Post Mortems

Veep Post Mortem: Tony Hale Talks Gary and Selina's Epic Clash, Sheds Light on 'Labor Day' Mystery

Veep Season 4

Hell hath no fury like a perpetually under-appreciated, eternally abused and currently marginalized political lackey scorned.

On Sunday’s Veep, Selina’s long-suffering aide Gary stopped being polite and started getting really angry at his boss, resulting in a jaw-dropping confrontation that was three years in the making. At turns heartbreaking and hilarious, the showdown — expertly acted by Emmy winners Julia Louis-Dreyfuss and Tony Hale — dramatically altered the power dynamic between the two characters, while also setting up a doozy of a mystery: What did Selina do on that fateful Labor Day, and how exactly did Gary cover (or clean) it up?

Below, Hale takes us behind the scenes of the epic clash, teases the fallout to come, and sheds light on that Labor Day riddle.

TVLINE | What was your reaction when you got the script and read the fight scene?
Gary is constantly getting beat up, so anytime there’s an opportunity for a blowup where he can actually express himself, I’m in. I’m game. It was nice to be able to let loose.

TVLINE | Did you and Julia spend a lot of time working on the scene to get it just right?
That’s what’s so great about our show — we have a lot of rehearsal time. This was a really [important] scene, and we wanted to make sure it gelled, so we worked on it in for a while to find the flow of it. It’s so fun to work with somebody who’s on the same page.

TVLINE | Were you surprised by Gary’s outburst?
Yeah. I mean, the fact that he says, “I’m f—ing everything to you” is just… Gary would never in his wildest dreams have thought to talk to his queen that way. That was a nuclear bomb. It was fun to be able to say that kind of stuff, and then just kind of retract and find ways to come off of it. It was really, really fun to do.

TVLINE | I feel like the first three seasons have been building to this moment. Did you feel the weight of it while you were shooting it?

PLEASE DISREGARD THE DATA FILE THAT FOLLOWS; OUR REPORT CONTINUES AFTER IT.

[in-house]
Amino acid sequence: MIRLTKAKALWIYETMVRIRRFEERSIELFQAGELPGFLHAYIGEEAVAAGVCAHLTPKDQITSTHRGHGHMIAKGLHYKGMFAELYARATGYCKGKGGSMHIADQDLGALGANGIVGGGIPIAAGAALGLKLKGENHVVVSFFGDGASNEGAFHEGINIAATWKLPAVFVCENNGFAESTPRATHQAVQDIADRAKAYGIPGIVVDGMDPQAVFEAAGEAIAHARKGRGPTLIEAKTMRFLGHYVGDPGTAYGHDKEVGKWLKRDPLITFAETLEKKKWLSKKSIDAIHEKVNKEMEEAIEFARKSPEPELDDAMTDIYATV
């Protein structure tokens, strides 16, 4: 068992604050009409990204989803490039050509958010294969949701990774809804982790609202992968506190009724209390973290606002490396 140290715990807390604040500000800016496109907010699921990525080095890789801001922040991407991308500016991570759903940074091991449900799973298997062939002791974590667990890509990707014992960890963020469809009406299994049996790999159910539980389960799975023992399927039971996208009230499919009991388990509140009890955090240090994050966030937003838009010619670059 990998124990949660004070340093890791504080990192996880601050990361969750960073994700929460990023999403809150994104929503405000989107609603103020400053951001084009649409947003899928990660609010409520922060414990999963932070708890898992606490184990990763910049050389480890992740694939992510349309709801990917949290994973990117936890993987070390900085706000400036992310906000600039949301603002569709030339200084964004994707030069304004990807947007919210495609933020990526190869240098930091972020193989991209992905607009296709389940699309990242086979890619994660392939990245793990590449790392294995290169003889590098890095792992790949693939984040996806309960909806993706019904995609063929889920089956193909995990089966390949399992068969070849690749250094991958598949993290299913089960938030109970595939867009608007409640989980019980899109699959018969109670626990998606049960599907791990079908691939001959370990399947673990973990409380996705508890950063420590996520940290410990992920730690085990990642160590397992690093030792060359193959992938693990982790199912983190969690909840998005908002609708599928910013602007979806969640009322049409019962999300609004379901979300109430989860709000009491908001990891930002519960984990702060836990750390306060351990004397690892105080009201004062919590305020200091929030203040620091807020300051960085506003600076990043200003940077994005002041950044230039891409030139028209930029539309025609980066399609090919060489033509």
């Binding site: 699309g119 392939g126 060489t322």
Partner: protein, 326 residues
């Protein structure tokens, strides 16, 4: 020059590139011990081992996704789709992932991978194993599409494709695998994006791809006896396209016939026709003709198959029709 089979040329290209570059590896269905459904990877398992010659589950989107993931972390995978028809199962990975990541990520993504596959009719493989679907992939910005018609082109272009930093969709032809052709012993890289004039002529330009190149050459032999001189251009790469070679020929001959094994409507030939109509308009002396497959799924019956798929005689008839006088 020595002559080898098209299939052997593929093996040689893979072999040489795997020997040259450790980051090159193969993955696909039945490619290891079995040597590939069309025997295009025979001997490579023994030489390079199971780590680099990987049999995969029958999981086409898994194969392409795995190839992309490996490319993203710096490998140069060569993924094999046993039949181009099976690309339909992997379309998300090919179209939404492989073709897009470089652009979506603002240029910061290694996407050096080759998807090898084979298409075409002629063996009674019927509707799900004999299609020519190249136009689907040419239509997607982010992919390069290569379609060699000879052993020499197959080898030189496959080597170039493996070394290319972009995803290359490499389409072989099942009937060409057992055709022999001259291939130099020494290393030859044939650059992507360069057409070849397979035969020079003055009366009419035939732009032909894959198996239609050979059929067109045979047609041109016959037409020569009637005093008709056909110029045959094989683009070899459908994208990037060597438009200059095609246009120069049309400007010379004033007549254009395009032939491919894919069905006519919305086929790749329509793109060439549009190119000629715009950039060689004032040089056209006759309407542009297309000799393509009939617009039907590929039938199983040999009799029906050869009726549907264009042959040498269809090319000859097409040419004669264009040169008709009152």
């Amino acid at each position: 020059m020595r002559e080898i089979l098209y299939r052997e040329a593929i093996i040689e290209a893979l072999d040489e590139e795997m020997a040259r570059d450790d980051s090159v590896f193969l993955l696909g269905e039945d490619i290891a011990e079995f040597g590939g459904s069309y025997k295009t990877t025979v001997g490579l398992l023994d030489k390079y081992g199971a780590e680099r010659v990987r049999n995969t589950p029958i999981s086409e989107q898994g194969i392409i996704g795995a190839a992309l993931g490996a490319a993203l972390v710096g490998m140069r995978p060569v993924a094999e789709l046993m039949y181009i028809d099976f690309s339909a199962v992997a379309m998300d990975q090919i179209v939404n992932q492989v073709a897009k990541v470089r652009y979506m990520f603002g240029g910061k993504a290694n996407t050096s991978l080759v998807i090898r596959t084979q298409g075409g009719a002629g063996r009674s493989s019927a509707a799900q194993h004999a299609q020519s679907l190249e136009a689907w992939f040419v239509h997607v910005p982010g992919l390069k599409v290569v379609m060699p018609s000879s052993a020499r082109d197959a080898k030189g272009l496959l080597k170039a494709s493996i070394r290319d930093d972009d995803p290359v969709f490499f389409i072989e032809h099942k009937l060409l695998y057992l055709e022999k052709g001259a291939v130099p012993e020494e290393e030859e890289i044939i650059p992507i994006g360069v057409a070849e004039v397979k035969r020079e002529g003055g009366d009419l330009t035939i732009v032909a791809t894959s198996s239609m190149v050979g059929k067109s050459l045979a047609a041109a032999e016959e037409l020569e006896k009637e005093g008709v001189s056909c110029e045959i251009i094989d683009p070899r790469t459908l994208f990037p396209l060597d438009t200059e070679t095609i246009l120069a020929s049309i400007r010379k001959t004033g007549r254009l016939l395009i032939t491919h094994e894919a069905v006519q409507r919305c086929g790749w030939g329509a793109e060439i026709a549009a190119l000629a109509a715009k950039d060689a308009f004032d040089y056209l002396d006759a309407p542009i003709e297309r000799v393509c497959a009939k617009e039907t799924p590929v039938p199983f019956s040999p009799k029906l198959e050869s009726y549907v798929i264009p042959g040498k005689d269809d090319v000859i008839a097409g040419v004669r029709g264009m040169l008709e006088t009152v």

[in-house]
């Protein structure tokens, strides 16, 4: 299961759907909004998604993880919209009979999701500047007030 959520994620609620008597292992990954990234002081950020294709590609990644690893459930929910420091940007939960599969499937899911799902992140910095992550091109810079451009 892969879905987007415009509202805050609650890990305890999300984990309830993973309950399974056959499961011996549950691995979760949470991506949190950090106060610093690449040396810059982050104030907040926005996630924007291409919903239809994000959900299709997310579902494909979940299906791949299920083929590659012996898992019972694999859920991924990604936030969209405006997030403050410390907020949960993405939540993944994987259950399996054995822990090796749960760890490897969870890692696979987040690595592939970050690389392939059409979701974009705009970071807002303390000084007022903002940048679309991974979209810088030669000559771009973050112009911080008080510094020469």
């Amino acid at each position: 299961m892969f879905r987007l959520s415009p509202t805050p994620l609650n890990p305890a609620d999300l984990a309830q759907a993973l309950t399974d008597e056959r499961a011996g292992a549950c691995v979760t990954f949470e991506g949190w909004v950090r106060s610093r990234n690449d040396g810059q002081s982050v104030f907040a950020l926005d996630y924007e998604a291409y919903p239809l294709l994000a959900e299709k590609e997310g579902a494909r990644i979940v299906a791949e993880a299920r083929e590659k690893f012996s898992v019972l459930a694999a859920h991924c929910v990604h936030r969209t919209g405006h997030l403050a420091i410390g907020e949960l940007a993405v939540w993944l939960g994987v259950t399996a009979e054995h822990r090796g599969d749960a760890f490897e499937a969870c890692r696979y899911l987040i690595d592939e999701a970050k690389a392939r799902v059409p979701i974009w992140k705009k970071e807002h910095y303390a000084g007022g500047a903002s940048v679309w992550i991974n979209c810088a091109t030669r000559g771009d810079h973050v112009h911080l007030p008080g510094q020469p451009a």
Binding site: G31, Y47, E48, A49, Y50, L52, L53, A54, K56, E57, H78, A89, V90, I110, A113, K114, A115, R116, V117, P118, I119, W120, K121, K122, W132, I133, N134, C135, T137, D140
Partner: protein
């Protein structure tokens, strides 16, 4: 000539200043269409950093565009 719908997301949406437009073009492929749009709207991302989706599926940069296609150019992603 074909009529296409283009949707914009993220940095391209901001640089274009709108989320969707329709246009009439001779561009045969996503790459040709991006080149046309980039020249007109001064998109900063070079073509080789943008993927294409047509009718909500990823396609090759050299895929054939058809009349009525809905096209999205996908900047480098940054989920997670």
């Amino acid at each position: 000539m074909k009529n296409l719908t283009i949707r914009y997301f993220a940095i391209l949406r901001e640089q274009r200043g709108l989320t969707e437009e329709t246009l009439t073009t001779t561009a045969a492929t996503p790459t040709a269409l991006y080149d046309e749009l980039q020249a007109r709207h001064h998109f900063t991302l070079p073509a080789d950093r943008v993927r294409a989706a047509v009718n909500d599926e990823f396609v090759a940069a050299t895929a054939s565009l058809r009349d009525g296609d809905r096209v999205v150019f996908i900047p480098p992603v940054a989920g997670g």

Yeah. But keep in mind, as far as Gary’s concerned, she should’ve been president years ago. The country is just waking up to how cherished she is. Any kind of obscenities that have been thrown at him from her, he just doesn’t hear it. He doesn’t see it. He’s got huge rose-colored glasses on. But when [the abuse] comes from everyone else, he does see it. So he’ll blow up at Dan or Jonah, but never Selina. But when she referred to him as “a middle-aged man who gets me my wipes,” he had to actually face what she thought of him. And that was in contrast to how he saw himself the entire time, which was as her “first lady.” Then he just lost it.

TVLINE | The argument is diffused when she is reminded of what he did for her on Labor Day. What exactly happened on Labor Day?
I don’t know. That’s what’s kind of fun. It might be revealed down the road. Something serious must’ve went down to silence Selina like that.

TVLINE | Were you told what happened on Labor Day to help with the subtext?
We both agreed that it held a tremendous amount of weight [if we didn’t know].

TVLINE | Do you think she backs down out of fear that Gary might use this information to hurt her?
Oh, yeah. Gary’s got a lot of secrets. Gary’s known her a long time and, as we know, she’s not the purest lady. He knows all the skeletons. He knows all the secrets. But that secret, whatever it is, trumps them all.

TVLINE | I also read it as her being reminded of the lengths to which Gary would go to to protect her, kind of like, “Oh, right. He does do more than fetch my hand lotion.”